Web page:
Besieged – a short story by Miryam Sivan

Miryam is from New York City, and now lives in the Galilee. She teaches writing and literature at the University of Haifa. Several of Miryam’s short stories have appeared in Lilith, Arts and Letters, and Wasafiri. She has completed a novel, Concrete.

This piece was originally published in Lovers: Stories by Women in 1992 and in 2010, it was dramatized by the playwright and director Barbara Khan in the Lower East Sides Arts Festival in New York. It’s good to have it here – 2011 marks 20 years since the end of the Gulf War, when this story is set. Iraq invaded and annexed Kuwait and was threatening to go into Saudi Arabia as well. The US and around 30 other countries landed troops in the Gulf; when they went into Kuwait to push the Iraqis out, Saddam Hussein made good on his threat and starting pounding the troops there and in Israel with Scud missiles. People were afraid that chemical weapons might be contained in some of the Scud missile heads coming from Iraq. So that’s the background – here’s the story – enjoy!


The sirens are sounding. Everyone is running. The longer she waits for him, the more she endangers herself. She is standing by the old movie house on Allenby Street and the sirens are screaming death is coming. The night before a Scud fell and destroyed homes less than a mile away. What about Molly and Shira, her daughters, and Ezra, her husband? Everyone around her is running. She should run to a sealed room. She should belt the ugly porcine mask around her face and prepare for the gas. But she doesn’t. She stays on that corner, as if there is no danger, no crisis, ready to absorb violence, even death, she thinks, just to be with him one more time.

The sirens keep sounding. Two streets away the sea is licking the shore like a fat cat in a butcher shop. Cars are nearly flying. Will she able to describe to her daughters the thrill of touching death’s approach without fear? They would not understand. How could they? They will be frightened: she (willingly) jeopardized her life and theirs. Were she to die, killed by a collapsed building or by debris from the sky following an American Patriot’s impact on an Iraqi Scud, were she to become newsprint, they would forever ask themselves, why didn’t she protect herself and what was she really doing on that corner? But she and he have always met in Tel Aviv and neither mentioned meeting somewhere else when America’s war with Iraq began. In this congested metropolis, they experience equity. Here they can get lost together. Guilt for her children’s loss grows as the seconds pass.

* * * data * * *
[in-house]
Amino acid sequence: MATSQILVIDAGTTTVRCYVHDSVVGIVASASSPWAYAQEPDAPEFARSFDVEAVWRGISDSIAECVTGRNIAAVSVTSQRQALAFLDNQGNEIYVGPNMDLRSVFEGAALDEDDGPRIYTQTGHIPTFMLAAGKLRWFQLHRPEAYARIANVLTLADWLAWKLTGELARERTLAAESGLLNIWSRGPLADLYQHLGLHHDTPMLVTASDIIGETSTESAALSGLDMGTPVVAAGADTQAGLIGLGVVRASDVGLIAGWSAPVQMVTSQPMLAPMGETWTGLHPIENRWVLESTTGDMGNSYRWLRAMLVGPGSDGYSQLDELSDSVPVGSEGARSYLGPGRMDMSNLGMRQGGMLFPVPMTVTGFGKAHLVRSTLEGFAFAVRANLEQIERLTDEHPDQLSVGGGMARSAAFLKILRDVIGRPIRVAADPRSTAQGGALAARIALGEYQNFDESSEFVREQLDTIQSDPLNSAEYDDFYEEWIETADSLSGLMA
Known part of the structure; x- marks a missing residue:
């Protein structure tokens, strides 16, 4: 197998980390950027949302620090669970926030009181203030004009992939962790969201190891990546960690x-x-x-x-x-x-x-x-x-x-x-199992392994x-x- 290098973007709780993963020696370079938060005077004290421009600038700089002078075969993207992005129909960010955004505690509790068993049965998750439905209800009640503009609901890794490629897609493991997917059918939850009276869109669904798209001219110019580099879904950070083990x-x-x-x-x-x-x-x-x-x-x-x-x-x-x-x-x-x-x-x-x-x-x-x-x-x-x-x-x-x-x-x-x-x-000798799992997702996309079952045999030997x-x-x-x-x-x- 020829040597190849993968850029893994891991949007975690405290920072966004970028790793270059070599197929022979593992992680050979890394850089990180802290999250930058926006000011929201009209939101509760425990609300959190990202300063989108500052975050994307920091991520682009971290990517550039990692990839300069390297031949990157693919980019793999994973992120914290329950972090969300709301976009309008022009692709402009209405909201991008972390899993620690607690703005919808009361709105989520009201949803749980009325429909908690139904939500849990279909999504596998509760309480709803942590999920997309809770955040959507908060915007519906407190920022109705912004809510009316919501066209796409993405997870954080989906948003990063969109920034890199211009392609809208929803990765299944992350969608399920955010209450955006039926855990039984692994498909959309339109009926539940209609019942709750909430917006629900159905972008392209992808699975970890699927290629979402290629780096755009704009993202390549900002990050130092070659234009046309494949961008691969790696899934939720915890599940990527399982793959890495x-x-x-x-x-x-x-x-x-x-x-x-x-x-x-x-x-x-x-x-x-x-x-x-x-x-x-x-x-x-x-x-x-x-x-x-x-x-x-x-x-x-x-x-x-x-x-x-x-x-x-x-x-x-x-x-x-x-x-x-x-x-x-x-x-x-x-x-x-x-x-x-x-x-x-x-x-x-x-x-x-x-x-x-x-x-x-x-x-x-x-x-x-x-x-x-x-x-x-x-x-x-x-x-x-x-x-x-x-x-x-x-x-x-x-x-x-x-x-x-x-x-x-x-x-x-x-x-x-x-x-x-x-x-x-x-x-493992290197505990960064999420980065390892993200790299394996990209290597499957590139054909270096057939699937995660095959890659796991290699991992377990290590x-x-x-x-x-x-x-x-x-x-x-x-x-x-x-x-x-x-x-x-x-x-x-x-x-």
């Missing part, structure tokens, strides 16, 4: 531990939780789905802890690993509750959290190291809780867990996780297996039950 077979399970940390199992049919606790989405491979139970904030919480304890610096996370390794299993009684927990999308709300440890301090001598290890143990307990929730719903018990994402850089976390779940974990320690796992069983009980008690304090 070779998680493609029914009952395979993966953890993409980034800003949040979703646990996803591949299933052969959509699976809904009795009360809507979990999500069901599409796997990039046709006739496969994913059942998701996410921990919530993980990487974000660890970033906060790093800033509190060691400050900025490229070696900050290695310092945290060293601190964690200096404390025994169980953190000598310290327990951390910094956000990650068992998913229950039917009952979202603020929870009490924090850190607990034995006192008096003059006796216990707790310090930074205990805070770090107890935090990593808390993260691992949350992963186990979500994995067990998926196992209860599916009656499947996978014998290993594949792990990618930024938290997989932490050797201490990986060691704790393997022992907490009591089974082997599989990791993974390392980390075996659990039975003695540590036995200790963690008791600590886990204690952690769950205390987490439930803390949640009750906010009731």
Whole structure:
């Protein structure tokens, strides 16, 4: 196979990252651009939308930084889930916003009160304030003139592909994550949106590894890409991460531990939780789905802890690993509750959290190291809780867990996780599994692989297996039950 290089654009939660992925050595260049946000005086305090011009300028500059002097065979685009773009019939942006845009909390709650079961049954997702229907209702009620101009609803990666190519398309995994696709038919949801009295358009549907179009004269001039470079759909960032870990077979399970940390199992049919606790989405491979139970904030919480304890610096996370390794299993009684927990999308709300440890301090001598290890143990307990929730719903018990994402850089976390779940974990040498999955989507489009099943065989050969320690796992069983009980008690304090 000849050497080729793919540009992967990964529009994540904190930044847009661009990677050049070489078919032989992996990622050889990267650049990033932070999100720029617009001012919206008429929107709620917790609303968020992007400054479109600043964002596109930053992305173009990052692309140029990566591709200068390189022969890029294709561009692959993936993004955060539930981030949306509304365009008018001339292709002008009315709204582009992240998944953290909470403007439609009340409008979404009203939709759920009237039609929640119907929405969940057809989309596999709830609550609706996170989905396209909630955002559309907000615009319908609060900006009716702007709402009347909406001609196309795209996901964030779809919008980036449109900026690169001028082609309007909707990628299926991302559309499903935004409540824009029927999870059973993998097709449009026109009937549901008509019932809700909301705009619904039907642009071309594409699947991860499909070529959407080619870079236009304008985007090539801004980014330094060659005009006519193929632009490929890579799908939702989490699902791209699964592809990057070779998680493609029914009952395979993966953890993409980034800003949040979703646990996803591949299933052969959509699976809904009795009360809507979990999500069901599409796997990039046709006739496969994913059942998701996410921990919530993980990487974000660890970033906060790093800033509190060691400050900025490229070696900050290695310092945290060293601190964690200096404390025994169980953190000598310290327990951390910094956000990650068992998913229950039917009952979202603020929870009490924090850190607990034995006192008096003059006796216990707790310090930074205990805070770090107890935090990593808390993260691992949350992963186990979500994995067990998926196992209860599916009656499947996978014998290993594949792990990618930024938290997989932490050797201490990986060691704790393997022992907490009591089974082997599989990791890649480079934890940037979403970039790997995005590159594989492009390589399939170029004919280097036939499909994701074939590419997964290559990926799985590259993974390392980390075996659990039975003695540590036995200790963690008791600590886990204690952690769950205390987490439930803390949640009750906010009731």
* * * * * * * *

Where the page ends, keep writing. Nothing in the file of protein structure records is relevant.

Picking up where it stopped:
Nadav is divorced and his children live with their mother on a kibbutz in the Beit She’an Valley. Were he not meeting her, he would be studying for his classes at the Technion. Were she not married, she could be with him in his small apartment while he studied, or in the courtyard surrounded by a wall with blue tile and olive trees.

But the fact is they are meeting one another, and even though the highway is practically empty, he is half an hour late. Even on ordinary days, when the traffic from Nadav’s village north of Haifa moves freely, he is sometimes late. Like when they met. He had come to interview her for his school newspaper. He was expected at noon but showed up at six in the evening. She asked him why he had not called – his delay had interrupted her work schedule. He did not have a good answer, and hung his head like a scolded schoolboy. She laughed at that and then he asked her to tell him about the differences in light.

They walked outside her studio, a converted chicken coop, and around to where they could see the Judean hills and the remaining daylight. She said light fades by the coast and disappears in the mountains. She said space and light are married. Light is the source of everything and space the vessel which molds it. They returned to the studio and he stayed for some wine. When asked, she showed him some of her recent canvases. Nadav wanted to know why she used so many bruise colors. His question was like a dare. A probe. And while she quickly searched for an answer, she felt the stirrings of a sensual curiosity. It startled her, because of its clarity and its surprise. In twelve years of marriage she had never felt the stirring of the sensual outside of her daughters, her painting and Ezra. It excited her. It frightened her. When she drove him to the bus station, he told her he had just come back from reserve duty in Lebanon. She calculated he was ten years her junior. A week later he called and asked if she would like to see a copy of the article. She said yes and then he sent her a number of funny notes to the studio and when she went to visit a friend in Haifa two months later she called him and they had dinner. A day later he called and asked her to meet him in Tel Aviv at the Hotel Barcelona. That was six months ago.

As the sirens press on, she begins to inventory those others beloved to her. Shira and Molly, seven and ten years old, are in school. Right now they are being shepherded into the classroom at the end of the hall whose windows are covered with plastic and where books have made room on the shelves for cans of food and boxes of powdered milk. They are with many responsible adults. As this moment, Ezra is in his spartan office in a municipal building, looking over an American company’s joint venture proposal to manufacture light bulbs in a desert development town. Like her, he is reluctant to shroud himself in a sealed room, but not because he is unafraid of death. He is not sharing her almost transcendent moment of freedom. Ezra is terrified. She can easily picture him sitting at his desk holding papers firmly in a hand trying to steady itself. He stares at the hand and is defiant. Not of death, but of the gas. Two weeks earlier he put his concentration camp surviving parents on a plane to Eilat and the threat of gas out of his mind.